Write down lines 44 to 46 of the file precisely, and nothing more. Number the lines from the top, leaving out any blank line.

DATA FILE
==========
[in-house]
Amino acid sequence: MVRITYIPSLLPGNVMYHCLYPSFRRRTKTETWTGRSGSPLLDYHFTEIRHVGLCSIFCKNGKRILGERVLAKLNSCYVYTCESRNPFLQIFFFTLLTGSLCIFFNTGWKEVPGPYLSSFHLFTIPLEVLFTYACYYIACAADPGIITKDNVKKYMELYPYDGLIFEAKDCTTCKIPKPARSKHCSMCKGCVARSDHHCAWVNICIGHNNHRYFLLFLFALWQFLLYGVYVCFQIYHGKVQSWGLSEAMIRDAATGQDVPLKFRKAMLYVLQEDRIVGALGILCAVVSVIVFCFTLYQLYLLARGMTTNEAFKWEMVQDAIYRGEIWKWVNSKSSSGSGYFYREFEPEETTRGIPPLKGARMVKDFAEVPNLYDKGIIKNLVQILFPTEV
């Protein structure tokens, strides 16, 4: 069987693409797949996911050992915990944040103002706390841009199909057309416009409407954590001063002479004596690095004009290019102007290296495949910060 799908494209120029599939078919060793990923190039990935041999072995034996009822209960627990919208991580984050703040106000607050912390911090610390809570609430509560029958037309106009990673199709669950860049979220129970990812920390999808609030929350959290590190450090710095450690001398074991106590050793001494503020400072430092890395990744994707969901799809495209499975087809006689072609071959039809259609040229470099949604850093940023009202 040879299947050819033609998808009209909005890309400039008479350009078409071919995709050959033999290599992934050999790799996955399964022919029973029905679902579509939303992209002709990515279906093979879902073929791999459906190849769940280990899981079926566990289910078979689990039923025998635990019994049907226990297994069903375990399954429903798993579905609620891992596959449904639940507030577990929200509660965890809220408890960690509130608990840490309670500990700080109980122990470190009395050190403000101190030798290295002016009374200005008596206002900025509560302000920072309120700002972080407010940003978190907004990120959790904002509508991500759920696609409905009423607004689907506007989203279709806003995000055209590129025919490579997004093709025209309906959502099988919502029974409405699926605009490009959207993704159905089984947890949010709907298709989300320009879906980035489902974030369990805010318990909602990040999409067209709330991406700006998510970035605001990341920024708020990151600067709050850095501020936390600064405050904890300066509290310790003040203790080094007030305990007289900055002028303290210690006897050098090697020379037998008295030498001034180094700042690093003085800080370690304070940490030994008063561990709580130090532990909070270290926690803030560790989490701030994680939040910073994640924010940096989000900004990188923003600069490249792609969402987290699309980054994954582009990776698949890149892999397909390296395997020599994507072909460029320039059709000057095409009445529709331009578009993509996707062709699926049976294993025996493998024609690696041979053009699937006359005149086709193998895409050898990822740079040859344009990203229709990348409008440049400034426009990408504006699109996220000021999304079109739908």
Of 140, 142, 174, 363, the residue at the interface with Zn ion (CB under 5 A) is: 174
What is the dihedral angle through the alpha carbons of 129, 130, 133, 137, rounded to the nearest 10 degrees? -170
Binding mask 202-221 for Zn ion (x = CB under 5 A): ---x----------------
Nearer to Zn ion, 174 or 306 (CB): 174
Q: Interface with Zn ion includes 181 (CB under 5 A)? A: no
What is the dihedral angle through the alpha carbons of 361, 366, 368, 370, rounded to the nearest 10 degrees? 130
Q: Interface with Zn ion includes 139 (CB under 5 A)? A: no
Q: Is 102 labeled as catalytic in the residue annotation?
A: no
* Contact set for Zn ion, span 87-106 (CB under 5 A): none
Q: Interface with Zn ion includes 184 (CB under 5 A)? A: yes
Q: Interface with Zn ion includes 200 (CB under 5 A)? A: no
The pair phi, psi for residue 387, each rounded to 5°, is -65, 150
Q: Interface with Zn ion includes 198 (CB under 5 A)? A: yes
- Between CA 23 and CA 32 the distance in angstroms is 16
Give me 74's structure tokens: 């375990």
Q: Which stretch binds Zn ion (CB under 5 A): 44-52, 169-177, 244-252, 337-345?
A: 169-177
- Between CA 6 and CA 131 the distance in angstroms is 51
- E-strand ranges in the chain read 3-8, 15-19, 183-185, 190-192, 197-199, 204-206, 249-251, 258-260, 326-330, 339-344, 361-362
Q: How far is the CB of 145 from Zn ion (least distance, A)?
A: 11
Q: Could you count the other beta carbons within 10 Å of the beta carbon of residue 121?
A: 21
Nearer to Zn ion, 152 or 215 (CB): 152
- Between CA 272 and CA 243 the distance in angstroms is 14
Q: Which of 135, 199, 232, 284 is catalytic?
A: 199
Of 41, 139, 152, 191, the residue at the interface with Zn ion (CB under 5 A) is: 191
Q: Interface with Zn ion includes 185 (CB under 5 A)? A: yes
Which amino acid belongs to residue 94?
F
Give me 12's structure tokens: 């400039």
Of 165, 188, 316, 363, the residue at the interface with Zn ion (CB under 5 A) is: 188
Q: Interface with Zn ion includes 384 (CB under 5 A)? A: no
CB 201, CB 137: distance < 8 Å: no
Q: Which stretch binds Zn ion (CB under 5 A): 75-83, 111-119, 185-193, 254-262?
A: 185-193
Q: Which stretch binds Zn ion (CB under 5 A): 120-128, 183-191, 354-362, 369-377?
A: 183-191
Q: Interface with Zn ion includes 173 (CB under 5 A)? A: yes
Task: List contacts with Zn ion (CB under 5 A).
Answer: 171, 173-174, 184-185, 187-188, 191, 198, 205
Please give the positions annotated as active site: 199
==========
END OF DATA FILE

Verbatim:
Q: Interface with Zn ion includes 173 (CB under 5 A)? A: yes
Task: List contacts with Zn ion (CB under 5 A).
Answer: 171, 173-174, 184-185, 187-188, 191, 198, 205